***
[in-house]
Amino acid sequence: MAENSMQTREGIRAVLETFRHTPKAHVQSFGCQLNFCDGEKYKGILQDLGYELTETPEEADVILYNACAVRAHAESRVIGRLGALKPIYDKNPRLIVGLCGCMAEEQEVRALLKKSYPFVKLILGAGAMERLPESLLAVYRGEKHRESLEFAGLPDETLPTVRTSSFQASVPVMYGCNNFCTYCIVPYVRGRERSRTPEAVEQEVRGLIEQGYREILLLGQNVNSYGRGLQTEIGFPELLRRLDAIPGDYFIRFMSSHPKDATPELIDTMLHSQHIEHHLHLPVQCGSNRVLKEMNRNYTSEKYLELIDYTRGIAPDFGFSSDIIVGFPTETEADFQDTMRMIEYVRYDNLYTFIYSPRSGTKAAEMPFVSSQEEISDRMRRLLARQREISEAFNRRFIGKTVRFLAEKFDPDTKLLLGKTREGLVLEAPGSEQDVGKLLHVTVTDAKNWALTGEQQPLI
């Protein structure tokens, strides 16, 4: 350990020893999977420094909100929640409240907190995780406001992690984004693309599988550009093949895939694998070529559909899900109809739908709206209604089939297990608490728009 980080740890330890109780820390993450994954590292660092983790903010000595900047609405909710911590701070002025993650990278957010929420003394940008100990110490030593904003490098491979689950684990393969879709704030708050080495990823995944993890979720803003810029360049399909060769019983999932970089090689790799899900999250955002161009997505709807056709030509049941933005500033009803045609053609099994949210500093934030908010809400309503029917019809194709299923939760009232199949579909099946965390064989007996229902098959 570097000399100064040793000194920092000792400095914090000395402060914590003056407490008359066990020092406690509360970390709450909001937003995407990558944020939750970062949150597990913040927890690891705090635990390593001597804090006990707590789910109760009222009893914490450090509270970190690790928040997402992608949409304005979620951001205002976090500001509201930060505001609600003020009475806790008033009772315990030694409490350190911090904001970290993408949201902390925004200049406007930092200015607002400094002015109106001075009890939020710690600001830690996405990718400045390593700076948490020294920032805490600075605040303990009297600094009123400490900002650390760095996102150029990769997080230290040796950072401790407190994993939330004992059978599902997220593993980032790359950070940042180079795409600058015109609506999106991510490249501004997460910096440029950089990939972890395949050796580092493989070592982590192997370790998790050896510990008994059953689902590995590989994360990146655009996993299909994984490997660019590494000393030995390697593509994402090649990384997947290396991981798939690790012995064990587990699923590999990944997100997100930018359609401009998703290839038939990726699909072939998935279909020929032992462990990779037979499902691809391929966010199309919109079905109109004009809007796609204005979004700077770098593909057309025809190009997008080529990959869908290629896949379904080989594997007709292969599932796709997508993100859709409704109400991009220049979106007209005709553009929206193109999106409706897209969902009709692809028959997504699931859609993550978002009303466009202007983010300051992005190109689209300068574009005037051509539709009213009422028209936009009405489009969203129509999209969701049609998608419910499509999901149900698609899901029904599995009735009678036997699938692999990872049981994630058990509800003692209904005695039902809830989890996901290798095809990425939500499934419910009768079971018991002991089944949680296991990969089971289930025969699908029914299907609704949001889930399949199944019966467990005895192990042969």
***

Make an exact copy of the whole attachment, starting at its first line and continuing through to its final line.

[in-house]
Amino acid sequence: MAENSMQTREGIRAVLETFRHTPKAHVQSFGCQLNFCDGEKYKGILQDLGYELTETPEEADVILYNACAVRAHAESRVIGRLGALKPIYDKNPRLIVGLCGCMAEEQEVRALLKKSYPFVKLILGAGAMERLPESLLAVYRGEKHRESLEFAGLPDETLPTVRTSSFQASVPVMYGCNNFCTYCIVPYVRGRERSRTPEAVEQEVRGLIEQGYREILLLGQNVNSYGRGLQTEIGFPELLRRLDAIPGDYFIRFMSSHPKDATPELIDTMLHSQHIEHHLHLPVQCGSNRVLKEMNRNYTSEKYLELIDYTRGIAPDFGFSSDIIVGFPTETEADFQDTMRMIEYVRYDNLYTFIYSPRSGTKAAEMPFVSSQEEISDRMRRLLARQREISEAFNRRFIGKTVRFLAEKFDPDTKLLLGKTREGLVLEAPGSEQDVGKLLHVTVTDAKNWALTGEQQPLI
């Protein structure tokens, strides 16, 4: 350990020893999977420094909100929640409240907190995780406001992690984004693309599988550009093949895939694998070529559909899900109809739908709206209604089939297990608490728009 980080740890330890109780820390993450994954590292660092983790903010000595900047609405909710911590701070002025993650990278957010929420003394940008100990110490030593904003490098491979689950684990393969879709704030708050080495990823995944993890979720803003810029360049399909060769019983999932970089090689790799899900999250955002161009997505709807056709030509049941933005500033009803045609053609099994949210500093934030908010809400309503029917019809194709299923939760009232199949579909099946965390064989007996229902098959 570097000399100064040793000194920092000792400095914090000395402060914590003056407490008359066990020092406690509360970390709450909001937003995407990558944020939750970062949150597990913040927890690891705090635990390593001597804090006990707590789910109760009222009893914490450090509270970190690790928040997402992608949409304005979620951001205002976090500001509201930060505001609600003020009475806790008033009772315990030694409490350190911090904001970290993408949201902390925004200049406007930092200015607002400094002015109106001075009890939020710690600001830690996405990718400045390593700076948490020294920032805490600075605040303990009297600094009123400490900002650390760095996102150029990769997080230290040796950072401790407190994993939330004992059978599902997220593993980032790359950070940042180079795409600058015109609506999106991510490249501004997460910096440029950089990939972890395949050796580092493989070592982590192997370790998790050896510990008994059953689902590995590989994360990146655009996993299909994984490997660019590494000393030995390697593509994402090649990384997947290396991981798939690790012995064990587990699923590999990944997100997100930018359609401009998703290839038939990726699909072939998935279909020929032992462990990779037979499902691809391929966010199309919109079905109109004009809007796609204005979004700077770098593909057309025809190009997008080529990959869908290629896949379904080989594997007709292969599932796709997508993100859709409704109400991009220049979106007209005709553009929206193109999106409706897209969902009709692809028959997504699931859609993550978002009303466009202007983010300051992005190109689209300068574009005037051509539709009213009422028209936009009405489009969203129509999209969701049609998608419910499509999901149900698609899901029904599995009735009678036997699938692999990872049981994630058990509800003692209904005695039902809830989890996901290798095809990425939500499934419910009768079971018991002991089944949680296991990969089971289930025969699908029914299907609704949001889930399949199944019966467990005895192990042969």